Brexit has brought to the table a whirlwind of uncertainty and tragi-comedic drama to historically one of the world's most stable democracies and its fifth-largest economy (just about), with potentially negative consequences for the world's largest trading bloc and, most of all, the UK.

So it's no surprise that equity investors have generally taken it badly, with the Stoxx Europe 600 shedding 12.89% last year and the FTSE 100 losing 12.5% – its biggest annual decline in 10 years.

With less than two months to go to the Brexit deadline on March 29, there is still deadlock and little sign of a deal that will command a majority in the British parliament and be agreed to by the European Union. The chances of a 'no deal' are growing.

For investors looking on from the outside, the challenge is clear: should I invest in the UK or should I not? Should I take advantage of the weak pound and oversold markets to gain exposure to world-class assets and companies, or maybe wait for a firesale, or should I rein it in and try to steer clear?

And how will Brexit affect London as a destination for, and as source and conduit of, international capital? In short, what should I bet on: the Britain of James Bond or the Britain of Mr Bean?

AsianInvestor asked four specialists for their views on the impact Brexit might have on investor interests in the UK.

Rolfe Hayden, partner
Simmons & Simmons

Rolfe Hayden

It depends on the outcome of present discussions in the British parliament. The uncertainty has, to date, made investors hold back but the exchange rate is favourable and assets are cheap. Sentiment will likely improve as the relationship between the UK and EU becomes clearer.

It is likely that there will be a shift to continental Europe of more jobs and that financial institutions will continue, for both regulatory and commercial reasons, to beef up their presences in Dublin, Paris and Frankfurt, regardless of whether there is a deal or no deal.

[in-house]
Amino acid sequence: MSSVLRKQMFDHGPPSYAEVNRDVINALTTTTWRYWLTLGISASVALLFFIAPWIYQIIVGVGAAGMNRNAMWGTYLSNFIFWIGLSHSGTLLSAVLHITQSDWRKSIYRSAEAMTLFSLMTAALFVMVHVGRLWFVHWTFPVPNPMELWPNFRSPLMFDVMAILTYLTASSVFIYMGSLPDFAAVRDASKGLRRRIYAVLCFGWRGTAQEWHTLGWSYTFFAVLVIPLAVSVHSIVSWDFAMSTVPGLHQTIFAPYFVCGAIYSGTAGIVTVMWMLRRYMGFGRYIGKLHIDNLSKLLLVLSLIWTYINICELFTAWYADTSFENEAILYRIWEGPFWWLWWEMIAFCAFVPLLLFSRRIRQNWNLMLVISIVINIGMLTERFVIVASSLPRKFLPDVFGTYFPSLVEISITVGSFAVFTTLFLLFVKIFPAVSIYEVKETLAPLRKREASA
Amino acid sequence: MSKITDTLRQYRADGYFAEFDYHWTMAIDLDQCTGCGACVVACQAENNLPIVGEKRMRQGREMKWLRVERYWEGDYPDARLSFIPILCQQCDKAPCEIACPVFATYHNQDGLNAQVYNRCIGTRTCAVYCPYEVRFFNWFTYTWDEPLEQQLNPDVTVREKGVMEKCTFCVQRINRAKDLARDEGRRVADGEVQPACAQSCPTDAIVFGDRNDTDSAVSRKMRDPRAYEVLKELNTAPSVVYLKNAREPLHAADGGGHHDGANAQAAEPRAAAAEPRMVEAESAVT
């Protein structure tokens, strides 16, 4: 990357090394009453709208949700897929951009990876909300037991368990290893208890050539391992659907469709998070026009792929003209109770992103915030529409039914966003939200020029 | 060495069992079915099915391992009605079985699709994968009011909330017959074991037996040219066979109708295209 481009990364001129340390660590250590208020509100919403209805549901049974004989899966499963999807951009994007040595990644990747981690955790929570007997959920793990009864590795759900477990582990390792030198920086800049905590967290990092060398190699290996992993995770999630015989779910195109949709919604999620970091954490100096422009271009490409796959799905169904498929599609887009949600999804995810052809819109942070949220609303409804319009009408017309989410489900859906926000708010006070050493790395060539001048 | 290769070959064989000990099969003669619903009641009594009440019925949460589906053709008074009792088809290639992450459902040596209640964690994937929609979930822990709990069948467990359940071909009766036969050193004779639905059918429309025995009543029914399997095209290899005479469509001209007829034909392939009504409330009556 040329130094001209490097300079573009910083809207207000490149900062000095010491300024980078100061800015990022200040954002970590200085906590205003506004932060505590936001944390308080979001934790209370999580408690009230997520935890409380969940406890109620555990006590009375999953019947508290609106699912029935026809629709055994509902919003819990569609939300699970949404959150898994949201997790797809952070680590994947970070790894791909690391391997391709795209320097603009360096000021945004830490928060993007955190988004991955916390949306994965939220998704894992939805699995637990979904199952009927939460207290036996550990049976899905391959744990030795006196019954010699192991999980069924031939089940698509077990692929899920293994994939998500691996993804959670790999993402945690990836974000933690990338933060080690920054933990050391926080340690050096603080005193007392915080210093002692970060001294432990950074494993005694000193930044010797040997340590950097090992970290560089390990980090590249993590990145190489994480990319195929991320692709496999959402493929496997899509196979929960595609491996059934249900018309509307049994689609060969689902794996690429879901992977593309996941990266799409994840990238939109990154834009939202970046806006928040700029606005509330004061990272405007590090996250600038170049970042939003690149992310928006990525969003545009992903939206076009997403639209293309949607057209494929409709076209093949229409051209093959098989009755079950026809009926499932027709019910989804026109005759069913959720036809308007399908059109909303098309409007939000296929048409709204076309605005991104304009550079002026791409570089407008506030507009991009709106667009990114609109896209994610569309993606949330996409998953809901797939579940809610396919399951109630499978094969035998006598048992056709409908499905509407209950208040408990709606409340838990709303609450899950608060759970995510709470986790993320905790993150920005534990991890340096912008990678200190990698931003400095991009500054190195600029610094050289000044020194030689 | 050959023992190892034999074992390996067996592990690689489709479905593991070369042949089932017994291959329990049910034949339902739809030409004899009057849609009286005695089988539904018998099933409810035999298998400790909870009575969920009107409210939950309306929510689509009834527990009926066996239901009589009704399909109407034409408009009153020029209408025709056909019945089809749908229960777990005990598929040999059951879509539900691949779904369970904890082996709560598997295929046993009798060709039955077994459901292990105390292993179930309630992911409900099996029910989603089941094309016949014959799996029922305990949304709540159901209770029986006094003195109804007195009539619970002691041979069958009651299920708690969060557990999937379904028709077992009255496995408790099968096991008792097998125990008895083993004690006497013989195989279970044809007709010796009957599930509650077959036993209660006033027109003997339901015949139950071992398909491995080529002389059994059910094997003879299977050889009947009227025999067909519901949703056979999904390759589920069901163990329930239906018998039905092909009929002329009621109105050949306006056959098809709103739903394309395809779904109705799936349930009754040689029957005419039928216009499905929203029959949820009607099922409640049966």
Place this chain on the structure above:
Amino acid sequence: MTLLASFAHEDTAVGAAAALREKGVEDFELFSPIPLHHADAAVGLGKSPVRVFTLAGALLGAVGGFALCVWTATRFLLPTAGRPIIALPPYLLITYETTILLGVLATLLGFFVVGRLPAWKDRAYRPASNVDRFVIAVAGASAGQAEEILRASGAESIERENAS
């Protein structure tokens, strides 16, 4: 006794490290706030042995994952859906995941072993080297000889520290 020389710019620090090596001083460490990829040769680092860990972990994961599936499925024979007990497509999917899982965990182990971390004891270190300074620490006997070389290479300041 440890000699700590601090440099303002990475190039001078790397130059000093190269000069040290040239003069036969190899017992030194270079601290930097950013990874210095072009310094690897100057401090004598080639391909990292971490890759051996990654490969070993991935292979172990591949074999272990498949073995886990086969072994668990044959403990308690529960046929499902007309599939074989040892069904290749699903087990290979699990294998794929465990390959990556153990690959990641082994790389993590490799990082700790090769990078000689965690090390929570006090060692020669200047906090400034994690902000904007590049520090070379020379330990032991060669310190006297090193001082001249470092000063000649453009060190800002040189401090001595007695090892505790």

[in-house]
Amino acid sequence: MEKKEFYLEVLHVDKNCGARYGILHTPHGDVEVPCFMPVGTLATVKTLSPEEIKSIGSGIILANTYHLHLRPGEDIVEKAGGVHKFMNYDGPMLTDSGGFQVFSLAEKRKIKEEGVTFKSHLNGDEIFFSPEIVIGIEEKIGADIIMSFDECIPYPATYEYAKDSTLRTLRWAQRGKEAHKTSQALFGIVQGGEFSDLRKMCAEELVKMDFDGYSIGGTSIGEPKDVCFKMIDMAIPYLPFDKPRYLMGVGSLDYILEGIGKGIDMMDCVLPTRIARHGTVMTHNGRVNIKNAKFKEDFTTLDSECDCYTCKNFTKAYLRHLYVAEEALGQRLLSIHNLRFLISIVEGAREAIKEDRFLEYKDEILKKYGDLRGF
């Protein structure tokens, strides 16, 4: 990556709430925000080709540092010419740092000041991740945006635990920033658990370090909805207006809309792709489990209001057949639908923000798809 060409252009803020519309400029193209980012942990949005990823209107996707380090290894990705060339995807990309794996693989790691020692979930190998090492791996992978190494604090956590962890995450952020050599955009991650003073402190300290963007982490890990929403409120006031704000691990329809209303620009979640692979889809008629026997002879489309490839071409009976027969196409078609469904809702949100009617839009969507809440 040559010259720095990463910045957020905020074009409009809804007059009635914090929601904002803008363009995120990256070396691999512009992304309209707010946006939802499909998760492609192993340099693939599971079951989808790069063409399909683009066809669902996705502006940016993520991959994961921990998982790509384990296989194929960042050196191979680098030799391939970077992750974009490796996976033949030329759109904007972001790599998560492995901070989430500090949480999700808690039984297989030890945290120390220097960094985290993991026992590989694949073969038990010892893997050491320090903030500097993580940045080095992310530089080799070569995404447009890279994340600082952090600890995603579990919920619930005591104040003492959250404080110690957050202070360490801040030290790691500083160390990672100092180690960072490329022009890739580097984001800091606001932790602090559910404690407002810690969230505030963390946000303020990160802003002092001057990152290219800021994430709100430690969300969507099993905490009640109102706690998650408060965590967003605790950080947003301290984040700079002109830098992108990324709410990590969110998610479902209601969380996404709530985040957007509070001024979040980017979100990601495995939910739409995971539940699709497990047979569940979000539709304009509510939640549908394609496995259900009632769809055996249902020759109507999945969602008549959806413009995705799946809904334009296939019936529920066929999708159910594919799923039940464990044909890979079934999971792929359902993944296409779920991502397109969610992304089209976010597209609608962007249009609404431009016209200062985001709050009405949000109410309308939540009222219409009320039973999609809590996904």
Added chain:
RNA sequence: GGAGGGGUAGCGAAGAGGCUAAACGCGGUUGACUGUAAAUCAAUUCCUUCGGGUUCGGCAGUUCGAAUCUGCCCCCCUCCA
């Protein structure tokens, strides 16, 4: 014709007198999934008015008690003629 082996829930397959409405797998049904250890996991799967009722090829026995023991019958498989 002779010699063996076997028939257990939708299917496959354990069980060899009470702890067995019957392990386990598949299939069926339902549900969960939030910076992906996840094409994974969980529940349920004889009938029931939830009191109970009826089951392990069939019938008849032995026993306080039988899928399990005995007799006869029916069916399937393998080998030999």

However, [as with] the advent of the euro currency, the predicted demise of London as a financial centre is overstated. There will be a greater regulatory burden on financial institutions doing business in Europe as a result of Brexit. But for most Asian investors, London will likely continue to be the first port of call regardless of Brexit.

Fundraising in the UK may become easier if the regime in the UK is allowed to move away from EU rules, such as AIFMD [Alternative Investment Fund Managers Directive].

As to which asset class will bear the brunt the most in a 'no deal' scenario, there is going to be greater volatility and UK property will arguably fall the most, although this could be short-lived.

Tim Graham, senior director for international capital
JLL Asia Pacific

Tim Graham

The UK remains a key target market for a wide range of investors from the Asia-Pacific region ... By and large, we expect investors to adopt a 'wait and see' approach over the first quarter of the year given the current Brexit impasse.

Beyond this, we expect to see a revival in activity. It is clear that the UK, and in particular London, remains central to investors’ global real estate strategies and almost without exception, investors believe in the long-term future of the UK.